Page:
Infidelity navigation: Summary * fidelity 101 * fidelity 108 * fidelity 2 * fidelity 3 * fidelity 4 * emotional cost * triangles * how to mend * models of mending * how to forgive * the unforgivable * relationship education * exits from intimacy * ending a relationship in peace * defences * emotional intelligence * re-romancing * on vulnerability
Relationship navigation: * page list * page 1 * page 2 * page 3 * page 4 * page 5 * how to build intimacy * how to mend * models of mending * commitment quiz * toxic patterns * mental maps * tough love * boundaries * turning points * how to end * forgiving * survey of marriage * what is success * marriage research * love styles * marriage quotes * family love like the wind
How to mend navigation: 1. How to mend * 2. Models of mending * 3. How to be a grown up * 4. Hold me tight * 5. Becoming vulnerable * 6. Emotional bids * 7. Constructive fights * 8. Exits from intimacy * 9. The answer
Last edit of this page 08/06/2011
When we were children, we used to think that when we were grown-up we would no longer be vulnerable. But to grow up is to accept vulnerability. To be alive is to be vulnerable. Madeleine L'Engle
We're never so vulnerable than when we trust someone - but paradoxically, if we cannot trust, neither can we find love or joy. Walter Anderson
These three models come from 40 years of research into intimate relationships. They are based on scientific evidence of their effectiveness rather than fanciful theories about relationships.
None are based on listening or communication skills training!
See how to choose a therapist for a discussion of the generally poor outcomes for non-evidence based couple's therapy.
Short circuiting a couple's impulse to oppose each other is a simple powerful tool.
One of the best adjunct skills in the process of mending is a 'Radical Acceptance Of Everything'. I highly recommend Ann Cornell's book of the same title. Some chapters are available on line here.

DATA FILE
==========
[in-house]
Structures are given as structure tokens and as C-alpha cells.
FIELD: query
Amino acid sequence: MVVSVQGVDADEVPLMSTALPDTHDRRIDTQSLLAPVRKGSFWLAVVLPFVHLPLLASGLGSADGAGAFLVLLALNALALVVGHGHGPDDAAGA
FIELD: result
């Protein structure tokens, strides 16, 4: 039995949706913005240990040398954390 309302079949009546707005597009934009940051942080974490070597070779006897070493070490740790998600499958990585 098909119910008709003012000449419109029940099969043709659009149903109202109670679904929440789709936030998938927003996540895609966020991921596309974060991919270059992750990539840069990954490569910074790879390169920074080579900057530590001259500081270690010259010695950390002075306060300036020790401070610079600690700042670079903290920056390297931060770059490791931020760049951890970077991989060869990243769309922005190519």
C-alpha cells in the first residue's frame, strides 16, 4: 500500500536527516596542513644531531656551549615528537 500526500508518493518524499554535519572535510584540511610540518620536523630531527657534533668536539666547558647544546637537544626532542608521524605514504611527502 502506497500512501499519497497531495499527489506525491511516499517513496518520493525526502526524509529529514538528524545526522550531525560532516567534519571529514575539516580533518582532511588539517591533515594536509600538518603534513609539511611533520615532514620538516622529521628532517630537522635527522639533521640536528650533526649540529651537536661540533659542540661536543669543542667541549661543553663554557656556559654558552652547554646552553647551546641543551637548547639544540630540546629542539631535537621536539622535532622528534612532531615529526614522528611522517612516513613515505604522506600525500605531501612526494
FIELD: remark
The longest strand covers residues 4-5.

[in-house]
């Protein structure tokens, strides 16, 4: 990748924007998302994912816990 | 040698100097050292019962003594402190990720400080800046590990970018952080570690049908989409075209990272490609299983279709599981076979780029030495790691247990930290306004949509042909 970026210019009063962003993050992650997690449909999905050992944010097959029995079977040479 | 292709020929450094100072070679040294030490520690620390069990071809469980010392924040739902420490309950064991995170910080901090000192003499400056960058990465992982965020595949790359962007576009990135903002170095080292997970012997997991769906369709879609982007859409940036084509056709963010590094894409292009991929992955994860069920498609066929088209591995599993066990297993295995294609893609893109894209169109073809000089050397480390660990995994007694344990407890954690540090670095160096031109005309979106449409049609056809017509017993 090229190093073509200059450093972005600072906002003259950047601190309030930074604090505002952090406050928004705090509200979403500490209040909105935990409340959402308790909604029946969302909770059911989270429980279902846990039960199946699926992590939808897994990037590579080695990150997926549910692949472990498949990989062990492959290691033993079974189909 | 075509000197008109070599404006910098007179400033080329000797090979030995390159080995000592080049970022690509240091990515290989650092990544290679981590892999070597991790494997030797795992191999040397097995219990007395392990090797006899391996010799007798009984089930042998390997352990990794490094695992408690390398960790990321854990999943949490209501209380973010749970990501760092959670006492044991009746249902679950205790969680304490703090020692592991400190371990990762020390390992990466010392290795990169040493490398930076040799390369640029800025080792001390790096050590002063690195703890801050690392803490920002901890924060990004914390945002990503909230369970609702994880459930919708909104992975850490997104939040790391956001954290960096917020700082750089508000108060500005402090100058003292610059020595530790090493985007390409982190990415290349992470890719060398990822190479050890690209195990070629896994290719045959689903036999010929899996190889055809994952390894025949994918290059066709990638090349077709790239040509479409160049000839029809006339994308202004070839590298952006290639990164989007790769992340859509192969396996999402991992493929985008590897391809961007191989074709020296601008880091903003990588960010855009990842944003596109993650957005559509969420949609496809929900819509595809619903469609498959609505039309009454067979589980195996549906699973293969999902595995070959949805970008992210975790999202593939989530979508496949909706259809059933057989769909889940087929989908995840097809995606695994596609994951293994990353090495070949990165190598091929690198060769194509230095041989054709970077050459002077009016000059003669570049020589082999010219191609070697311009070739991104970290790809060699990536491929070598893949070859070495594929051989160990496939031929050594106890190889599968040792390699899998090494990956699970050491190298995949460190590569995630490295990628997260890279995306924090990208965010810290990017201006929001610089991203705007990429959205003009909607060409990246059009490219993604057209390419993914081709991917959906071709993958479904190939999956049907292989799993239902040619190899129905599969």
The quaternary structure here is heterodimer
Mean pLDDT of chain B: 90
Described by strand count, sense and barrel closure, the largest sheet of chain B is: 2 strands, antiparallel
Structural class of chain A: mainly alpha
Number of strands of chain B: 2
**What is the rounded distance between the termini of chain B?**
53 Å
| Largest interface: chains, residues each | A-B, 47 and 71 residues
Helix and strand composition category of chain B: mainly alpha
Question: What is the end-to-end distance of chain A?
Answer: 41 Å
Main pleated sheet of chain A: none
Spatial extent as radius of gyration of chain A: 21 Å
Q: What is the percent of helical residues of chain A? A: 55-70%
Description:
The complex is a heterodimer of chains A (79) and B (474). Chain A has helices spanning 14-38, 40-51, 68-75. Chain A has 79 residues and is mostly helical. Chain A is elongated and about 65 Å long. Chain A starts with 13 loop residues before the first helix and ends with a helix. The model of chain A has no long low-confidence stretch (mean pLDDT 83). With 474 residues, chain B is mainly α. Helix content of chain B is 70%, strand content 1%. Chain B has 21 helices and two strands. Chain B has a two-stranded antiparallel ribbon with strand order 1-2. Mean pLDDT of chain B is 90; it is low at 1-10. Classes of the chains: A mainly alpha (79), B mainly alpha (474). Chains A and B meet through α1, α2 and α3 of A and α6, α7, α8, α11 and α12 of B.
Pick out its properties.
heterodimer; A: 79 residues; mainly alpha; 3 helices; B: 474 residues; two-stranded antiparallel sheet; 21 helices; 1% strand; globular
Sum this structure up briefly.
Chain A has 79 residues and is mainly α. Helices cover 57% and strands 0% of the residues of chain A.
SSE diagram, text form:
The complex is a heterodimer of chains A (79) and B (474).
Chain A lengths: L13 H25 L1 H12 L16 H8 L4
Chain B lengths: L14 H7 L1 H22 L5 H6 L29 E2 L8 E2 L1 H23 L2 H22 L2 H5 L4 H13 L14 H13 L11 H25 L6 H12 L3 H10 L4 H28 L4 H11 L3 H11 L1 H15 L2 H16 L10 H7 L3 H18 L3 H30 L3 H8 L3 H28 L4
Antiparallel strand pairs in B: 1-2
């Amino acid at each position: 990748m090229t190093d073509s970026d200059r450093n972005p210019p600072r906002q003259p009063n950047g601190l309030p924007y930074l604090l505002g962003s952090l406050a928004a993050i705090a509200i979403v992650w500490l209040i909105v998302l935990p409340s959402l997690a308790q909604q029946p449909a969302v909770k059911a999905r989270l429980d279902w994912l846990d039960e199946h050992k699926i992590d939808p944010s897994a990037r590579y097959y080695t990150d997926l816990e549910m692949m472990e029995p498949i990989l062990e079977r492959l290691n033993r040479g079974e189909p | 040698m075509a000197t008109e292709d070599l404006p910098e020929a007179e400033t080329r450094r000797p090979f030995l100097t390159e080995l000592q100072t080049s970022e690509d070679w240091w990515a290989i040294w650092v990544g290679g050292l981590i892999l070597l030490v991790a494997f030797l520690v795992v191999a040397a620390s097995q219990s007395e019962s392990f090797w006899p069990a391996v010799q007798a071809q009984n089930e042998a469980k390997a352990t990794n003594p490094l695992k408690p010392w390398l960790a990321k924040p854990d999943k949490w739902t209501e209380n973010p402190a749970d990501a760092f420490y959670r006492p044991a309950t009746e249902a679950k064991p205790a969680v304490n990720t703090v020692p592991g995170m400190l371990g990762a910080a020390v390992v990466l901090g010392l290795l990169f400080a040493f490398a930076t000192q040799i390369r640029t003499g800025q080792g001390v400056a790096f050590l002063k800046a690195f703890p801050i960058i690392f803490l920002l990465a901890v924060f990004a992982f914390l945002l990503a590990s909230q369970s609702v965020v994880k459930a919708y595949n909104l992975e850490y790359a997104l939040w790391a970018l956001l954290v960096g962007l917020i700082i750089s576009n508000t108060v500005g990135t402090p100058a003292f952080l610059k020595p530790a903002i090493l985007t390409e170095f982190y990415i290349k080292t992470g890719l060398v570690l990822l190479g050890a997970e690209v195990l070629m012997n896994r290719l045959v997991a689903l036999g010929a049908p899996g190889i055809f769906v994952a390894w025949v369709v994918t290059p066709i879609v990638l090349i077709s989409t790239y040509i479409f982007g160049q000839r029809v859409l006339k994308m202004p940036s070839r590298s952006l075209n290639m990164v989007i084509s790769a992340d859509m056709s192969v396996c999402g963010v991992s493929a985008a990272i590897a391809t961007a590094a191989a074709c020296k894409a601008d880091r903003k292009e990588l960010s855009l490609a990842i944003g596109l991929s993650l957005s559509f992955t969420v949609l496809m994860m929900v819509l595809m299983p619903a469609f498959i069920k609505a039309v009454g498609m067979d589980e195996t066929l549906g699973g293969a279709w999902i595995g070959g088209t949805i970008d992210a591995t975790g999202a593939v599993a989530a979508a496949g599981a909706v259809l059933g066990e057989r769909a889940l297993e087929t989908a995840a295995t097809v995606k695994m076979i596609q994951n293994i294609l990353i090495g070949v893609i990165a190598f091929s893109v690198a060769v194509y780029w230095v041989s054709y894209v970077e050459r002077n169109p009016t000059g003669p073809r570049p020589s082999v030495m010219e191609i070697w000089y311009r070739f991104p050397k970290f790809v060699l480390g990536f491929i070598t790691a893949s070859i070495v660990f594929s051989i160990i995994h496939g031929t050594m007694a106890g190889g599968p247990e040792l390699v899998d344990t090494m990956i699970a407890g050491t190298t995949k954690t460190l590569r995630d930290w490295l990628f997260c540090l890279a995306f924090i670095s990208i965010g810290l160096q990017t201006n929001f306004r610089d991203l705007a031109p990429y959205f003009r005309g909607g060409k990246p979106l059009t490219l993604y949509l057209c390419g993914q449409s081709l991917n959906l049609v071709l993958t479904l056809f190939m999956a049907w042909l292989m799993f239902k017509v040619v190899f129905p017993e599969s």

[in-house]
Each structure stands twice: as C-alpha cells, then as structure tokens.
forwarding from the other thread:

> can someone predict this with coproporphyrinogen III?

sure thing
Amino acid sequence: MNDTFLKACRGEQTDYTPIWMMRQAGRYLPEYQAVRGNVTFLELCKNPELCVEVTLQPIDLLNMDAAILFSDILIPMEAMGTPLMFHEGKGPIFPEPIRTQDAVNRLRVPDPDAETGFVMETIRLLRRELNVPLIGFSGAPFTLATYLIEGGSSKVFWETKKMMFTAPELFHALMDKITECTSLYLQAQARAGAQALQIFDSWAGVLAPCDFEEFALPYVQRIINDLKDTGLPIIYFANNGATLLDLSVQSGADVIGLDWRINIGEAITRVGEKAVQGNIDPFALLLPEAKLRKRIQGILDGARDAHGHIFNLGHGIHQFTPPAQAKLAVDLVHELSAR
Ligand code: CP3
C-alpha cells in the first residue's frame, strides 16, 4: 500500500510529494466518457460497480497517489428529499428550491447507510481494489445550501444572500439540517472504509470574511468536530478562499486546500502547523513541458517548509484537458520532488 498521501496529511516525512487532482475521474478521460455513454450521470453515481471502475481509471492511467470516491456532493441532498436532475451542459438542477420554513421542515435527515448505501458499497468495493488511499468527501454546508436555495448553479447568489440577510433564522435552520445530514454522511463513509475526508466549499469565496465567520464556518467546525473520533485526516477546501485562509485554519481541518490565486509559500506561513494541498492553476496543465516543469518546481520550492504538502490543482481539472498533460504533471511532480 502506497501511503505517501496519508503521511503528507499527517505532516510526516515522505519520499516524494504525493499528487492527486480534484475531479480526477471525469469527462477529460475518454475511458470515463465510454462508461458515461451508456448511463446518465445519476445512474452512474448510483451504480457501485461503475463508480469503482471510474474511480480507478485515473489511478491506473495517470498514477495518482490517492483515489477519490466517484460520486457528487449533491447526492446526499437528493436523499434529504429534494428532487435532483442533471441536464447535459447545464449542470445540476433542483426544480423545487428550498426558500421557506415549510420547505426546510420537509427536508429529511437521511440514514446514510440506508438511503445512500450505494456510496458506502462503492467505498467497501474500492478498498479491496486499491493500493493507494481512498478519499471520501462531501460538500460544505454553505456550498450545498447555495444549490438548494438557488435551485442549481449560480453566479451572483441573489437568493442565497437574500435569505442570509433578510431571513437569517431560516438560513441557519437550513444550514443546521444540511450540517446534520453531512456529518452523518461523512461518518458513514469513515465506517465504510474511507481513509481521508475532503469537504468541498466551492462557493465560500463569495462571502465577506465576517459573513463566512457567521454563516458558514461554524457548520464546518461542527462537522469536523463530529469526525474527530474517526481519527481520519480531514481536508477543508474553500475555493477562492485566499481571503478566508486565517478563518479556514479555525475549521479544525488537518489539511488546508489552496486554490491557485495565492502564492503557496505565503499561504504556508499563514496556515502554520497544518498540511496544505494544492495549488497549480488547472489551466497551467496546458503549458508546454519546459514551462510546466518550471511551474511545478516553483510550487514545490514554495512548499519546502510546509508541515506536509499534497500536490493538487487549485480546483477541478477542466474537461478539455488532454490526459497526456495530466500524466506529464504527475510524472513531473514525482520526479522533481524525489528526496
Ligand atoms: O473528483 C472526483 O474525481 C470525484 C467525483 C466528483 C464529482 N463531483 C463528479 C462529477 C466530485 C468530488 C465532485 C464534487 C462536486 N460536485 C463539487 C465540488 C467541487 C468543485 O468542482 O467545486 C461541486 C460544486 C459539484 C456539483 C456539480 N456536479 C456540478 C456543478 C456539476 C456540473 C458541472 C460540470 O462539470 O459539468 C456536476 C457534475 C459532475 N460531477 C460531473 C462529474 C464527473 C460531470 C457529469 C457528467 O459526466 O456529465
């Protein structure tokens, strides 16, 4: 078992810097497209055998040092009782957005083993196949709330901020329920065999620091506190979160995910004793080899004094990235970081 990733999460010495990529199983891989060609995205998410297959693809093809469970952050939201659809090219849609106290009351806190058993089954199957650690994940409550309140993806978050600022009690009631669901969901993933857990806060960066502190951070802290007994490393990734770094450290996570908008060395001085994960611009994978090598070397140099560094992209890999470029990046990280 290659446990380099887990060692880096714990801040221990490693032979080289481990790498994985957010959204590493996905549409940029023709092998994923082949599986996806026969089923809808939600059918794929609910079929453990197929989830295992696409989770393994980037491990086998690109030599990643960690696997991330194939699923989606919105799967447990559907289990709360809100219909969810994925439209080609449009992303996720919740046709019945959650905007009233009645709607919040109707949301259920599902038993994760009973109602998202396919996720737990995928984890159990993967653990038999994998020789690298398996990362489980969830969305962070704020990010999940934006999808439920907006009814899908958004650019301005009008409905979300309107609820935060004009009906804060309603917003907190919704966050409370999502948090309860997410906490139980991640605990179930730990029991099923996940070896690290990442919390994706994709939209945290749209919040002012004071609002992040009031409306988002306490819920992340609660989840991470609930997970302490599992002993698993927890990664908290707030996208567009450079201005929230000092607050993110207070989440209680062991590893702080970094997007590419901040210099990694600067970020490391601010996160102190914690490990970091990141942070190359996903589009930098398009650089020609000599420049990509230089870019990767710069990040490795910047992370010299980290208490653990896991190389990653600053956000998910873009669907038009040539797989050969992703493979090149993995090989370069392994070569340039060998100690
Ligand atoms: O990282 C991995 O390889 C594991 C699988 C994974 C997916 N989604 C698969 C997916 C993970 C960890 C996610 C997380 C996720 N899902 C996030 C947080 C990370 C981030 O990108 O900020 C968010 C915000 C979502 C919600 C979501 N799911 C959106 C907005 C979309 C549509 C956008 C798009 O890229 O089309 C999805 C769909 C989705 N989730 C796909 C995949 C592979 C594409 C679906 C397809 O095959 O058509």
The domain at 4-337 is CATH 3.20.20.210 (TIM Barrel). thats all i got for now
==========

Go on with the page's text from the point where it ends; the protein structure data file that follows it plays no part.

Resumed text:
A dual focus on mindfulness and empathy in relationships can rewire the brain. Dan Siegel's book 'Mindsight' explores those techniques in detail. Here's an extract.
And a tried and true gem: "Communication Miracles for Couple's" by Jonathan Robinson.
Self-help methods like those above and below, allow you to step back and feel the old stuff in a fresh way. They re-present the internal logic or mental map of each partner anew.
It can take as many months to rebuild as years it took to create the mess.
Some folk have just carried relationship habits from their family of origin, straight on into marriage without review. Typically, that's how mum and dad dealt with their differences. Or their opposite.
That's a lot of months to undo.
And too many of us start building a family already charged up, like a storm set to go off with just the right set of differences.
Some relationships in trouble are stuck in guarded small talk, like they know they are in the middle of a mine field. Walking on egg shells? See the rules for avoiding intimacy on Intro 1.
Instead of avoiding the minefield, a kind, direct, respectful and compassionate honesty sometimes invites the other in. Allows each to breathe IN their partner's experience rather than blowing it away.
This may pull for a compassion that for the first time makes sense of what had previously appeared alien. This is similar to the principles of tough love.
Maybe we have a choice to divorce the old wounds rather than divorce our partner?
Here how to make the most out of couple's therapy and how to choose a therapist.
Here are my 13 observations of intimate relationships with more tips for growth.
Please visit my iPad and iPhone friendly site couple-therapy.org
3 Models of mending
1. Susan Johnson's Emotion Focused Couple's Therapy
Here are a few videos of Sue Johnson on YouTube. I like this one the most - 'How can I tell if my marriage is in trouble, and what can I do to prevent breakup?'
Emotionally focused therapy (EFT) developed by Johnson and Greenberg is founded in attachment theory. This is the model I work from. EFT is simple:
Forget about learning how to argue better, analyzing your early childhood, making grand romantic gestures, or experimenting with new sexual positions. Instead, recognize and admit that you are emotionally attached to and dependent on your partner in much the same way that a child is on a parent for nurturing, soothing, and protection. EFT focuses on creating and strengthening this emotional bond by identifying and transforming the key moments that foster an adult loving relationship. Source
Here is a review on psych page and an excerpt from her book 'Hold Me Tight! - Seven Conversations for a Lifetime of Love' and her article in Psychology Today.
The core of Johnson's application of attachment theory can be summarized as expanding Accessibility, Engagement and Responsiveness (A.R.E.) This questionnaire from her book 'Hold Me Tight' (pages 57-58) will begin to make that clear:
'From your viewpoint, is your partner accessible to you?
- I can get my partner's attention easily. T F
- My partner is easy to connect with emotionally. T F
- My partner shows me I come first with him/her. T F
- I am feeling lonely or shut out in this relationship. T F